The chief of police of San Diego claims that the IWW has armed men in town, who were chosen by lot to assassinate the mayor, district attorney, police chief, etc.

The LA Times’ support of the anti-IWW vigilantes in San Diego was totally in character, but I’m a little surprised at the NYT also doing so.

Every year, students at Dickinson College are collectively assessed a charge for damage to school property during the session. Students angry at an increase in the charge this year to $1.95 each, stone the dean’s house in protest. Getting their money’s worth, I guess.

The limo of Max Blanck, one of the Triangle Shirtwaist Company’s two owners, hits two children in two separate incidents on the same day. The same chauffeur was driving both times, but one time he was driving Max and the other time his wife. Both instructed him not to tell the other, but they found out when a reporter came to ask about one of the incidents, and hilarity ensued – “Do you mean to say you had an accident and didn’t tell me of it?” “Well, you didn’t tell me of your accident either, did you?” It’s like a really crappy episode of a really crappy sitcom, starring Max Blanck as the lovable scamp who should have been in jail for manslaughter instead of tooling around New York.

Headline of the Day -100: “Negro Elks Restrained.” A black fraternal lodge is enjoined from using the name Elks.

Thursday, May 24, 2012

Today -100: May 24, 1912: Of battleships, ever victorious Italians, and muck

Democrats in the House refuse to include funds to build new battleships in the Navy budget.

Riots and a general strike in Budapest over the postponement of a bill for universal male suffrage end when the government reverses itself.

In Libya, the Italians have been dropping leaflets from airplanes telling the Arabs that they should surrender because Italy is totally winning the war, which “indicates that God is the protector of the Italians. As for the Turks, they have the habit of lying, and they will tell you that these things are not true. But we swear that all these things are true.” Other letters assure the Arabs that “the ever victorious Italians” consider them as their own children. Children that they will drop bombs on, “annihilating you and your domestic animals” but “take refuge with us and you will be treated with kindness.”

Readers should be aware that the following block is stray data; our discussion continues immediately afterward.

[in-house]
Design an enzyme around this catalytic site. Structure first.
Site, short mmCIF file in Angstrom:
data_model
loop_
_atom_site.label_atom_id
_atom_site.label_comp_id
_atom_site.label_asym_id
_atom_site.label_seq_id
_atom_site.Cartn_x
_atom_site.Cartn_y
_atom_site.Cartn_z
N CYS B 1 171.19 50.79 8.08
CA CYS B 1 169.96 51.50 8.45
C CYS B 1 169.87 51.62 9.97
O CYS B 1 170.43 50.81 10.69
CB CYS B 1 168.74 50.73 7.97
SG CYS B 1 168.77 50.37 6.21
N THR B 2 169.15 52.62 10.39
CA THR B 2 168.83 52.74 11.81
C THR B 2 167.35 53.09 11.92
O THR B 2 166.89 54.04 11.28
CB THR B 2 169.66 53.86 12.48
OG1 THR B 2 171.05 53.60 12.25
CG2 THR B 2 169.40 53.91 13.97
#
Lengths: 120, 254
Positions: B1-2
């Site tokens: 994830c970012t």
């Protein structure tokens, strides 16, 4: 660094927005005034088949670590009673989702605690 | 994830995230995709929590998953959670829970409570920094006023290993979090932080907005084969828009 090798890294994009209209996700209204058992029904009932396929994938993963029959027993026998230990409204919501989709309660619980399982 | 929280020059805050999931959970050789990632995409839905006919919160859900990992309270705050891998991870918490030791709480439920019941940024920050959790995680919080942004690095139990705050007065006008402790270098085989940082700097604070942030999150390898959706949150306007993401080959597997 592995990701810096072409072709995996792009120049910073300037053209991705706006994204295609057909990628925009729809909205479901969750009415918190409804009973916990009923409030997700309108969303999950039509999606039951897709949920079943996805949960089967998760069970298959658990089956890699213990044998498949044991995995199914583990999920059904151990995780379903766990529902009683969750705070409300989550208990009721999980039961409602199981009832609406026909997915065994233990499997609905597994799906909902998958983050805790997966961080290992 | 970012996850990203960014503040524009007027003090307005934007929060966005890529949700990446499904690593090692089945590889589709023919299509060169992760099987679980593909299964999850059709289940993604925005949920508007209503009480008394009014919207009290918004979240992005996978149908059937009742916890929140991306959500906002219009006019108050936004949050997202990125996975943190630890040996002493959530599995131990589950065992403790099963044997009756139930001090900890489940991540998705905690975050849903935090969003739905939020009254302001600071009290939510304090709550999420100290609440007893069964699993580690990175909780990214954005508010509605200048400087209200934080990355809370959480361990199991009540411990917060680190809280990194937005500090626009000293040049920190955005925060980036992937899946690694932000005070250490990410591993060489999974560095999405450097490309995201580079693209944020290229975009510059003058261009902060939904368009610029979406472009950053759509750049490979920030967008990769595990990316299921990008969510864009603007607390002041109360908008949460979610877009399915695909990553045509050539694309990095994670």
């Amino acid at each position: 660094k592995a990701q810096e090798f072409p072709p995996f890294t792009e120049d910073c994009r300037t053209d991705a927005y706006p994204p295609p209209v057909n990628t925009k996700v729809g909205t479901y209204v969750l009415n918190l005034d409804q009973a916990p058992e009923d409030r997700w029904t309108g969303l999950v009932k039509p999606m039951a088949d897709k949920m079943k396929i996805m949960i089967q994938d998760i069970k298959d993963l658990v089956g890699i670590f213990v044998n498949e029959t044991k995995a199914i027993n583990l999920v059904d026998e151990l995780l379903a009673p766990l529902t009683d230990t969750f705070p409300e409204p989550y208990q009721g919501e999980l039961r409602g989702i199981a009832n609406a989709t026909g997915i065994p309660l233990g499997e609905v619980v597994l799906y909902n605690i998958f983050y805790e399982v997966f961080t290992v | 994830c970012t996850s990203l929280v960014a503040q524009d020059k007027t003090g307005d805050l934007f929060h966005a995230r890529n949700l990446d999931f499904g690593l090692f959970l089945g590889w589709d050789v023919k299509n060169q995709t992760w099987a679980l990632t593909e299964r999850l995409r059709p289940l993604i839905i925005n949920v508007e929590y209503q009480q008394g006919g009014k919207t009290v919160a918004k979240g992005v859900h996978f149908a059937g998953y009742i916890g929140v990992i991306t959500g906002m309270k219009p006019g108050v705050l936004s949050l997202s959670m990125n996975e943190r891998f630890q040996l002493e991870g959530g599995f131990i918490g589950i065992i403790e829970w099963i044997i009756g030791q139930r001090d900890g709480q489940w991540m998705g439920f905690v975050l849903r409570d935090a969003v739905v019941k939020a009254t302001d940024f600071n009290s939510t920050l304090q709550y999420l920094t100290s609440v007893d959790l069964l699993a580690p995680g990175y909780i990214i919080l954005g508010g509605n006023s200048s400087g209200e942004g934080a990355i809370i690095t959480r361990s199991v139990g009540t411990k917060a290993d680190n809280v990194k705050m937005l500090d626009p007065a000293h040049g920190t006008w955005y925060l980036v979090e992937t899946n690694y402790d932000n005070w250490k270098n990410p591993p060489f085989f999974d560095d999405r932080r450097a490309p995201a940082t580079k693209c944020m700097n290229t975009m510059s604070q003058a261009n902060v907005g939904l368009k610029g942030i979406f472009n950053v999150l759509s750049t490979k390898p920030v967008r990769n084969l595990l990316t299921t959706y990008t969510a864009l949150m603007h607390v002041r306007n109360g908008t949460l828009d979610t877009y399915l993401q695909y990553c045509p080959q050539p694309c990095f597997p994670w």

The US is sending 700 marines and some gunboats to Cuba because of the “negro uprising,” supposedly just to protect Americans (and American-owned property, naturally).

The NYT explains that while negro Cubans performed well in the fight to overthrow Spanish rule and were thwarted in their desire for their share of public offices and whatnot after independence, “The plain truth is that Cuba had to decide whether she would be a black or a white republic, and a black republic meant in time another Haiti.” The NYT doesn’t mention this, but the proximate cause of this rebellion is a law banning the negroes from forming a race-based political party.

Headline of the Day -100: “Urge Prussia to Keep Muck.” That’s conductor Karl Muck, who plans to move from Germany to Boston to take up the directorship of the Boston Symphony Orchestra.

Wednesday, May 23, 2012

Today -100: May 23, 1912: Of undoubtedly pure motives

Women’s Social and Political Union leaders Emmeline Pankhurst and Emmeline and Frederick Pethick-Lawrence are sentenced to 9 months for conspiracy to break windows. The jury recommended leniency on the grounds of the “undoubtedly pure motives underlying the agitation,” but Lord Chief Justice Coleridge ignores them.

Tuesday, May 22, 2012

Today -100: May 22, 1912: Whereas Taft is round in the middle

Theodore Roosevelt wins the primary in Ohio, Taft’s home state (TR 165,809, Taft 118,362, LaFollete 15,570). Taft was counting on the black vote but didn’t get it. Ohio Gov. Judson Harmon beats Woodrow Wilson in the Democratic primary. D. voters could actually vote for the candidate they preferred, while R’s had to vote for delegates, with nothing printed on the ballot indicating who they supported. The Taft people tried to put large banners near polling places listing Taft delegates, some of which were torn down. The Roosevelt people (including election officials) handed out cards.